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Those Christmas Stockings

tf christmas stocking 1aGuess what? Only 360 days till Christmas! Anybody out there ready? No? 🙂

I’ve had some requests to share the pattern for the Christmas stockings I posted on Facebook. And I planned to do that — to just tell you the name of the pattern and maybe post a picture or two. But it seems there’s not one mention on my pattern, anywhere, of the name or copyright of the thing. And I’ve had it for 25 years. So … with my apologies to the pattern creator, I’ll have to show-and-tell you how to make them.

I made my first pair of these in 1985, the year Dave and I were married. No sooner did I have them tacked to the fireplace-less wall of our fourplex in Bellingham when our 75-year old neighbor, Kathryn (otherwise known around the fourplex community as “Babe” ) knocked on the door. She saw the stockings. She liked them. So as soon as she left, I sat down and made another, which Dave and I filled with goodies and walked next door to her.

Over the next few years, I made stockings for my sisters and their husbands, and, as they came along, my son and daughter and nephews and niece.

A long time passed before I needed to unearth the pattern again. This Christmas, we had two new additions to our family: Brittney and Gage. It felt very good to hang two new hooks above our wood stove on Christmas Eve. I can’t wait to add more. 🙂

In the beginning, I made the boys’ stockings with a combination of dark green squares and either plaid or some other Christmas print (Scottish girl that I am, I’m kind of partial to plaid, so Dave’s and mine are green/plaid, white/plaid). The girls’ stockings were white eyelet and either plaid or a print. For the kids’, I bought teddy bear print and Christmas wreaths and geese … pretty much all that was available to me back then. There’s a lot more fabric available now. I showed my friend, Taryn, how to make these in early December, and she bought a big variety of really beautiful fabric — all of it Christmasy, but using lots of colors other than just green and red. So you just pick whatever you like.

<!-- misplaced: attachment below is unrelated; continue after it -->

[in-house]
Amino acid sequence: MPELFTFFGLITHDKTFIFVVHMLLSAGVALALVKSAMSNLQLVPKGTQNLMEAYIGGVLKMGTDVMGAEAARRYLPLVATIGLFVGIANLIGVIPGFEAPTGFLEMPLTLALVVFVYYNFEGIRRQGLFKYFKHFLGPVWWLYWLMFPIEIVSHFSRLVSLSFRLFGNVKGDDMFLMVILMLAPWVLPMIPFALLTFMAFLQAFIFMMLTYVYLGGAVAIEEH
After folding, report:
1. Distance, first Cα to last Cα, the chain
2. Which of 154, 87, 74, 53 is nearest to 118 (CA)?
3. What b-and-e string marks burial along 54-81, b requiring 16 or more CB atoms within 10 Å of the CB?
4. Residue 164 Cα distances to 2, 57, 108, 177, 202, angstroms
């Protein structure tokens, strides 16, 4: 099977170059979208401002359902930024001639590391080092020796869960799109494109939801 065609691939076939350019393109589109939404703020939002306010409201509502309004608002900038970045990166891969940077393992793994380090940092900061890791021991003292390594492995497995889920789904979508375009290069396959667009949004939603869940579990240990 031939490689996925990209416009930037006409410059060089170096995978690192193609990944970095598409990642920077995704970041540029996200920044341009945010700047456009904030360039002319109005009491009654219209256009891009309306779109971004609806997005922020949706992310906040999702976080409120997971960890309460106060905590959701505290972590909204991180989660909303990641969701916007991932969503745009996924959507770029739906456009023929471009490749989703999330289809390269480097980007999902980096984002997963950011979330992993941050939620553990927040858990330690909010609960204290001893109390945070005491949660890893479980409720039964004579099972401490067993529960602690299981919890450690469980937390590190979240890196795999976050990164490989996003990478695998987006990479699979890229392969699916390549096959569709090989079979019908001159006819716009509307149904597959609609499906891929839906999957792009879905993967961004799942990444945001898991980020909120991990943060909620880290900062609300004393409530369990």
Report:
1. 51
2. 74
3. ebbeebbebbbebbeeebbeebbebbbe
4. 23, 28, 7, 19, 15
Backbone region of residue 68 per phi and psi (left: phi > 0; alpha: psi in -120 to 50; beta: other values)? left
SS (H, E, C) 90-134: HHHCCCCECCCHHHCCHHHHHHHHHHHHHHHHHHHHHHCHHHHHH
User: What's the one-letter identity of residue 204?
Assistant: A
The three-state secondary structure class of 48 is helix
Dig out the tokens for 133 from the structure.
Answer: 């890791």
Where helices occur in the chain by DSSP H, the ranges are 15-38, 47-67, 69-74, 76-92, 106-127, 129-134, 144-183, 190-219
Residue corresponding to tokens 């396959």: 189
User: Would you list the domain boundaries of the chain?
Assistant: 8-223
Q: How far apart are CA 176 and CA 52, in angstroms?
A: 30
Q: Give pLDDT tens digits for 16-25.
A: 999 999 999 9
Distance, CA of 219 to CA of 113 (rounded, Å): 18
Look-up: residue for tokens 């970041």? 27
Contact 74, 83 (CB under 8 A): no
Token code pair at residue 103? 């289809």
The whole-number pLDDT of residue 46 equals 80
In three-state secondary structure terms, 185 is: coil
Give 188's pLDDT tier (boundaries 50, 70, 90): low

Since I can’t tell you how to buy the pattern, I’ll just give you my dimensions and you can use newspaper to draw and cut out a stocking shape you like. That will work.

First, decide how you’d like to do the names. I cross-stitched mine on 14 count Aida cloth (I think I used 18 or even 22 count in the beginning, but that was ridiculously small for me this time … the eyes, you know. They’re the first to go.) When I first made these, I just charted a very simple alphabet on paper. But this time I wanted something fancier. I searched online and found a free font I liked, then played with that and added some checkered red and green for color. Zac’s Aida cloth had gotten pretty stained over the years, so I went ahead and made a new one for him to match the two new ones.

This strip measures 9″ long by 3″ high. If you don’t want to cross-stitch the names, you could cut a piece of fabric this size and use fabric paint to write the names.

Next, cut 4 1/2″ squares out of your fabric. You’ll need 14 total. For the one I’m showing you, I cut 7 plaid and 7 from white eyelet (I couldn’t find eyelet like I used to use back in the day, so Taryn let me cut a section out of a curtain she had at home. Some incredible friend, huh?)

Lay those out on the counter in an arrangement you like. Then, pinning the squares together and using a 1/4″ seam, stitch them together by rows, then attach the rows. (If you do manage to find eyelet fabric like mine, make sure you thread the ribbon before sewing the pieces together.) Here’s what mine looked like after that:

Now you’ll need to make a stocking pattern. You want it to be as wide at the top as the name piece–so draw something that is 9″wide. Just sketch something on newspaper … it will be great. 🙂

Pin the stocking pattern to the sewn fabric and cut it out. It will look something like this: